The world’s largest mining company is making a surprise move in the Canadian potash market.
BHP Group (LON: BHP) went on to say today that it was laying out a case for investing $8 billion into a major potash project, claiming that increased fertilizer supplies are needed as the demand for food around the world grows.
In a recent strategy briefing, CFO Peter Beavan has gone on to emphasize that more potash will be needed by around 2025 in order to sustain the world’s growing population.
Although a somewhat surprising strategic move for a mining company, the move into potash would help diversify the company, especially since fertilizer prices have historically had a low or even negative correlation with other commodities.
“The world will consume more food and will demand a higher quality. Competition for land is intensifying. And mitigating historical unsustainable land and water use in certain regions will be a challenge. Demand for potash should continue to grow in line with established historic trends. However, there is today material existing latent potash capacity,” said Beavan according to The Financial Times. “We expect this existing latent capacity will be utilised by the middle of next decade given this demand growth. This is likely to cap prices in the near term. Thereafter, new greenfields projects will be required.”
So far, BHP CEO Andrew Mackenzie has already signed off on an extra $2.7 billion in spending for the construction of deep mining shafts for a potash project in Jansen, Saskatchewan, Canada. The decision, made just 100 days after being appointed to the position, was a significant expenditure that he later admitted as being an over-investment.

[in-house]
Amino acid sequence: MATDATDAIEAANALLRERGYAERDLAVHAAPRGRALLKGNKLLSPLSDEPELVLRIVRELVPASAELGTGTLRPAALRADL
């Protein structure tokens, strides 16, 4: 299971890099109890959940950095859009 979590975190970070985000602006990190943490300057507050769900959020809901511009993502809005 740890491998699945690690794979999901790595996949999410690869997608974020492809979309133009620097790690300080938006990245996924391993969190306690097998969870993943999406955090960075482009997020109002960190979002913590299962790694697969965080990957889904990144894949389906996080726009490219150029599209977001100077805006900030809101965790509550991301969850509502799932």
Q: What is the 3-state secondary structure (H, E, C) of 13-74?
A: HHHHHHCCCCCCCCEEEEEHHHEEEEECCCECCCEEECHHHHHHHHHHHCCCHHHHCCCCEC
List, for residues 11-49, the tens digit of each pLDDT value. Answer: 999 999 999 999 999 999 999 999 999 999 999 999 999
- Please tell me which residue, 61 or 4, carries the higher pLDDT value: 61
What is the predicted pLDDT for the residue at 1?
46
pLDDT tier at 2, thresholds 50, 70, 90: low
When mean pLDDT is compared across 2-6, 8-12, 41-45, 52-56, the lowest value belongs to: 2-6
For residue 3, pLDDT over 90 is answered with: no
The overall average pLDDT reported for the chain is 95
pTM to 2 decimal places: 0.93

Many shareholders have criticized the move to diversify into potash, however. Elliott Advisors, well known activist investors who have a stake in the company, have argued against the move and questioned the logic of moving half-heartedly into a fertilizer market they think is already saturated on the promise that future supplies will be limited.
JPMorgan went on to say that BHP’s move makes some sense on a strategic level and that the company would rely on potash prices being 24 percent higher than current market prices by 2025 in order to make a 15 percent ROI. “It creates a high-margin, long-life asset” with significant expansion opportunities, analysts and JPMorgan wrote. However, they added that excess potash supplies won’t be used up until later in next decade, meaning prices will still remain low even after the Jansen facility comes online after the $8 billion injection in cash.
Shares of BHP dipped slightly on the London stock markets but stayed relatively the same.
BHP Company Profile
BHP is a leading global diversified miner supplying iron ore, copper, oil, gas, and coal. A 2001 dual-listed merger of BHP Limited (now BHP Ltd.) and Billiton PLC (now BHP PLC) created the present-day BHP. Shareholders in each company have equivalent economic and voting rights in BHP as a whole.
Major assets include Pilbara iron ore, Queensland coking coal, Escondida copper, and conventional petroleum assets, principally in Australia and the Gulf of Mexico. Onshore U.S. oil and gas assets are likely to be sold in 2018. – Warrior Trading News